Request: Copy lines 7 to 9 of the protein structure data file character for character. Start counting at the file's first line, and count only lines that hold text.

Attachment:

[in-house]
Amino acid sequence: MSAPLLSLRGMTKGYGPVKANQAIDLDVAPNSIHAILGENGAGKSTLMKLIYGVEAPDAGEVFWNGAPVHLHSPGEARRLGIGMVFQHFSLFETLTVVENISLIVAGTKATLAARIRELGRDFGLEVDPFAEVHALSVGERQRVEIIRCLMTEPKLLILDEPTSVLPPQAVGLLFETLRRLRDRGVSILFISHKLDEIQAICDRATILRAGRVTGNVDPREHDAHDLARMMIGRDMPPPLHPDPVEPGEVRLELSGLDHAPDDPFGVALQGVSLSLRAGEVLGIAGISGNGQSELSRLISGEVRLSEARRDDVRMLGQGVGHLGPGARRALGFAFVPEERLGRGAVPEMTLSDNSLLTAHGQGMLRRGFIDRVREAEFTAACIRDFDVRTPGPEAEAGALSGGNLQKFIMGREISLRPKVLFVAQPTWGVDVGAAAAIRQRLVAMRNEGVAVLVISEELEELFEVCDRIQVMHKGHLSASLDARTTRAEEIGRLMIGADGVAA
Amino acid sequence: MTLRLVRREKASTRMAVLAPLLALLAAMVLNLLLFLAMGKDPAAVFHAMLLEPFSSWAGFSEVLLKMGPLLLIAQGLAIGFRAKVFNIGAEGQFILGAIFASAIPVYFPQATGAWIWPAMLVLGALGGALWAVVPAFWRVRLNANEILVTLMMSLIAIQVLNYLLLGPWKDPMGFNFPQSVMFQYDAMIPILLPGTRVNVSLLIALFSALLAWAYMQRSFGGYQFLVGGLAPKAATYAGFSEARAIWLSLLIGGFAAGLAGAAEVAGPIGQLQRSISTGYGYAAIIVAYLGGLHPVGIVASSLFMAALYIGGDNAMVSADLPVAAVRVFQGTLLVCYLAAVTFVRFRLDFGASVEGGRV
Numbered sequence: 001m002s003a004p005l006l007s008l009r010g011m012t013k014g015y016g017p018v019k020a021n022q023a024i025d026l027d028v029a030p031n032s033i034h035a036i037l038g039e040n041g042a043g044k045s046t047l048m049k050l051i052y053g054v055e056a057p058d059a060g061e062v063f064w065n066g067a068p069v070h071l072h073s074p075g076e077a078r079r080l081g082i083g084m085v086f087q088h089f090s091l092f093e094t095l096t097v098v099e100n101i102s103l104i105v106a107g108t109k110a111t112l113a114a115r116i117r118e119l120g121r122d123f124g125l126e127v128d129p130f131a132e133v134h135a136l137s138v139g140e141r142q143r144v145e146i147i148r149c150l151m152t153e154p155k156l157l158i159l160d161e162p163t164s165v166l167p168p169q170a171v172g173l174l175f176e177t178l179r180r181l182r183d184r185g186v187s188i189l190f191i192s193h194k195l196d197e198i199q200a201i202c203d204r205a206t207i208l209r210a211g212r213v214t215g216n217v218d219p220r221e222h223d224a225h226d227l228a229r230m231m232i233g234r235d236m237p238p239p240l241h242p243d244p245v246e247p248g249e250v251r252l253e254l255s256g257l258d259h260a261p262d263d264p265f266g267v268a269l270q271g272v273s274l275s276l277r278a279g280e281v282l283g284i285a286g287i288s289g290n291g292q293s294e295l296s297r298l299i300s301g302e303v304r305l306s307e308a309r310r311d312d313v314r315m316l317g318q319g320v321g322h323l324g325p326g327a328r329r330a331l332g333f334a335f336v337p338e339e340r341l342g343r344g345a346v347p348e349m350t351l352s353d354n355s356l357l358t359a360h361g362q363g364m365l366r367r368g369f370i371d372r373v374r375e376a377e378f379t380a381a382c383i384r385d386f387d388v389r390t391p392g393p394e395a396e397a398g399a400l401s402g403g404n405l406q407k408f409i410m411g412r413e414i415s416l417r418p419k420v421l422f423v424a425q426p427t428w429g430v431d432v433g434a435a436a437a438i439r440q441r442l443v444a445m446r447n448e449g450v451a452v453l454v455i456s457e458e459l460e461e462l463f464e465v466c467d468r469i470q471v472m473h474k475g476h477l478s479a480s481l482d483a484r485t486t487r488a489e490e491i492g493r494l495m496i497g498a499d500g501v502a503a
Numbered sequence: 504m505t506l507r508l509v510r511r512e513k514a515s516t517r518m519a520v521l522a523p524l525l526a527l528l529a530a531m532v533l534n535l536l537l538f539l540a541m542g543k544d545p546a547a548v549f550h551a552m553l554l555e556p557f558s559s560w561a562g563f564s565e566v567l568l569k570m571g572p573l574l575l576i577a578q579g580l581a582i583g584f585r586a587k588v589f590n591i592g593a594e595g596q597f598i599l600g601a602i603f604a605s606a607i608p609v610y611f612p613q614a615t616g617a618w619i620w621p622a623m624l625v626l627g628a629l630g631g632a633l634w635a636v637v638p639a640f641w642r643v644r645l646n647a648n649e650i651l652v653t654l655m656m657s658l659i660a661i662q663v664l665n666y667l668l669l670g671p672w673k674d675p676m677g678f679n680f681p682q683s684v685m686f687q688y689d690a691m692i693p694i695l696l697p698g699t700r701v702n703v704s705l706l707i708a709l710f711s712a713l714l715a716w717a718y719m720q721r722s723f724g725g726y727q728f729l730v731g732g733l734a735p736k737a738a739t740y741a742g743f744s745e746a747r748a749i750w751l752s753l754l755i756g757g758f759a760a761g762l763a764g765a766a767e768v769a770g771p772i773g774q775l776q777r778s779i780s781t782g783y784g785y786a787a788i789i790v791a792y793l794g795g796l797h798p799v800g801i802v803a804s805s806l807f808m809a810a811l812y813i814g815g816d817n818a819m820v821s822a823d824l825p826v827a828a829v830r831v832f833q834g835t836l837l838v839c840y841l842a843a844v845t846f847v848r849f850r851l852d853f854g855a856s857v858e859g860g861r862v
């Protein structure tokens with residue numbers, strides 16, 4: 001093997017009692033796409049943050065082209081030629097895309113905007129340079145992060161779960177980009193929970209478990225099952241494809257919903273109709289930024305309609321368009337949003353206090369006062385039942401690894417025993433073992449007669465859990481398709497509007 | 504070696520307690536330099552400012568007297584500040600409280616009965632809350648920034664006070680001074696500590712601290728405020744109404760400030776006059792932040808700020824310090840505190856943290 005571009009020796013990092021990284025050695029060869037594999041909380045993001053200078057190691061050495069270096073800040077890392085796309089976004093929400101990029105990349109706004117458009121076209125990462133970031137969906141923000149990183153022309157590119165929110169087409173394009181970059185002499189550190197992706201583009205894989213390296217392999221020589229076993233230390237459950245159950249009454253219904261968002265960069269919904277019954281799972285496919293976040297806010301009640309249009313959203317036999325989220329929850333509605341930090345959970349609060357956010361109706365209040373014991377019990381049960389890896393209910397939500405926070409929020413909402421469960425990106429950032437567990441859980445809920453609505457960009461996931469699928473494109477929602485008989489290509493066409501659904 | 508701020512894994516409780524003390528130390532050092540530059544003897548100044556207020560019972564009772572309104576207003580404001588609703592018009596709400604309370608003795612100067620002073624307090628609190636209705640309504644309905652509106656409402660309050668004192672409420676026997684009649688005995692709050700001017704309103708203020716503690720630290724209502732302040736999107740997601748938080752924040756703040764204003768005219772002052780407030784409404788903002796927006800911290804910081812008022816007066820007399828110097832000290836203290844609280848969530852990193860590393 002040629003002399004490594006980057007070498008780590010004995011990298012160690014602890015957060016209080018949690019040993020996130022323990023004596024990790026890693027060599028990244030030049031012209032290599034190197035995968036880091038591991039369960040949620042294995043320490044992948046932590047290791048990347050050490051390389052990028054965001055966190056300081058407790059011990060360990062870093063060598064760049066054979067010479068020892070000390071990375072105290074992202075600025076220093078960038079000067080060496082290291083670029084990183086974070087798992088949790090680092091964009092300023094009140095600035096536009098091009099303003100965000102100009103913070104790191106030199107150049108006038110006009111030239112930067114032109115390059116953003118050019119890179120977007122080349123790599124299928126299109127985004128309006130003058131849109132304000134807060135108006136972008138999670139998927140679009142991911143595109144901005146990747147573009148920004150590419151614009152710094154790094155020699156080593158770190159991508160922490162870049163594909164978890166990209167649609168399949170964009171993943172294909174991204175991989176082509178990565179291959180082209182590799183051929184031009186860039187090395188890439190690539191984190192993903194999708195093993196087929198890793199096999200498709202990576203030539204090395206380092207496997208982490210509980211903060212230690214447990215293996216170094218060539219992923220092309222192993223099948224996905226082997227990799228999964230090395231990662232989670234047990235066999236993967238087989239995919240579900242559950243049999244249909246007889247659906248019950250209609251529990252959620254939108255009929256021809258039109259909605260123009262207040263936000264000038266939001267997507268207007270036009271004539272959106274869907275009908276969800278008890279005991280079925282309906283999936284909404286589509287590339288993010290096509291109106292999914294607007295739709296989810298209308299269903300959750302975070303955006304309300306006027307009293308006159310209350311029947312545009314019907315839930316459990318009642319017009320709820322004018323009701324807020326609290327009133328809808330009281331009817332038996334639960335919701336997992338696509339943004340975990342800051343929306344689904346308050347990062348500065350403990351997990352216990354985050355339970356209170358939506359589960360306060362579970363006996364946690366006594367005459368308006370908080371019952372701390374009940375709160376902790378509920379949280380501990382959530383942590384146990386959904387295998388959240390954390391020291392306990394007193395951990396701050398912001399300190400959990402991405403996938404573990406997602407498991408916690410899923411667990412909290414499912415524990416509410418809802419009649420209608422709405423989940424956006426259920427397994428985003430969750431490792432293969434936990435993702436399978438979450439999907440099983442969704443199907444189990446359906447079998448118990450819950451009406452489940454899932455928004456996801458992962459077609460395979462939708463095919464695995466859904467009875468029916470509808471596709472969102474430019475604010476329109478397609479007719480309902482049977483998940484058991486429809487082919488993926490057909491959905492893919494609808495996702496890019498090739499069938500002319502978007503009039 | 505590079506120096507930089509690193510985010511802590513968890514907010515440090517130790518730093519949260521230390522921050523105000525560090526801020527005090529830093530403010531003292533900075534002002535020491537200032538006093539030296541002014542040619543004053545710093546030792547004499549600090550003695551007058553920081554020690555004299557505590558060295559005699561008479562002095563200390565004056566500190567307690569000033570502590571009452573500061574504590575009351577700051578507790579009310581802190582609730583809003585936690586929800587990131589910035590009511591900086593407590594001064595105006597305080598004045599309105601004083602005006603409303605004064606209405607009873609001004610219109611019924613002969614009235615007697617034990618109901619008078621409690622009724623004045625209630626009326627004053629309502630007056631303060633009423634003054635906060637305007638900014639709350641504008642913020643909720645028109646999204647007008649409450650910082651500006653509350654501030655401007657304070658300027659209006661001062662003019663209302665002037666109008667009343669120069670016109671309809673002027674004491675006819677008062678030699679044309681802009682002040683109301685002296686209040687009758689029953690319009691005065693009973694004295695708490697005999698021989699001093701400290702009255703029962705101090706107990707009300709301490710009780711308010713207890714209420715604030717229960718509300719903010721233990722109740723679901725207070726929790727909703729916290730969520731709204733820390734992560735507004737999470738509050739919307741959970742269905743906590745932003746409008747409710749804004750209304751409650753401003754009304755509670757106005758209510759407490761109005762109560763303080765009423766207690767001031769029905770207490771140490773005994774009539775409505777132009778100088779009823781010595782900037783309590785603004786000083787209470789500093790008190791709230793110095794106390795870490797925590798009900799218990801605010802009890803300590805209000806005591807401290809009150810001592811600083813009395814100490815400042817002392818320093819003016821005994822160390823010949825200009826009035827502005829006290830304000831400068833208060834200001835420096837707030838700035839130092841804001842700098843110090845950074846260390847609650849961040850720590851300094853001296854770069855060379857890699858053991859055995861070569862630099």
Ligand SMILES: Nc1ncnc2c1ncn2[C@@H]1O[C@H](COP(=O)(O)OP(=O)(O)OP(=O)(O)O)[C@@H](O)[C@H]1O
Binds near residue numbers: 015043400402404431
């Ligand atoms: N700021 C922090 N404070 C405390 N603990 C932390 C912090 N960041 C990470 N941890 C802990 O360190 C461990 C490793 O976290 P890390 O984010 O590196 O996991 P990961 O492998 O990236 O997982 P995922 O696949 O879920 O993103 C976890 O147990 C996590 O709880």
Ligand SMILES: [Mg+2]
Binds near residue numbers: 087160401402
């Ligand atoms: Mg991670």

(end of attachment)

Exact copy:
Ligand SMILES: Nc1ncnc2c1ncn2[C@@H]1O[C@H](COP(=O)(O)OP(=O)(O)OP(=O)(O)O)[C@@H](O)[C@H]1O
Binds near residue numbers: 015043400402404431
């Ligand atoms: N700021 C922090 N404070 C405390 N603990 C932390 C912090 N960041 C990470 N941890 C802990 O360190 C461990 C490793 O976290 P890390 O984010 O590196 O996991 P990961 O492998 O990236 O997982 P995922 O696949 O879920 O993103 C976890 O147990 C996590 O709880």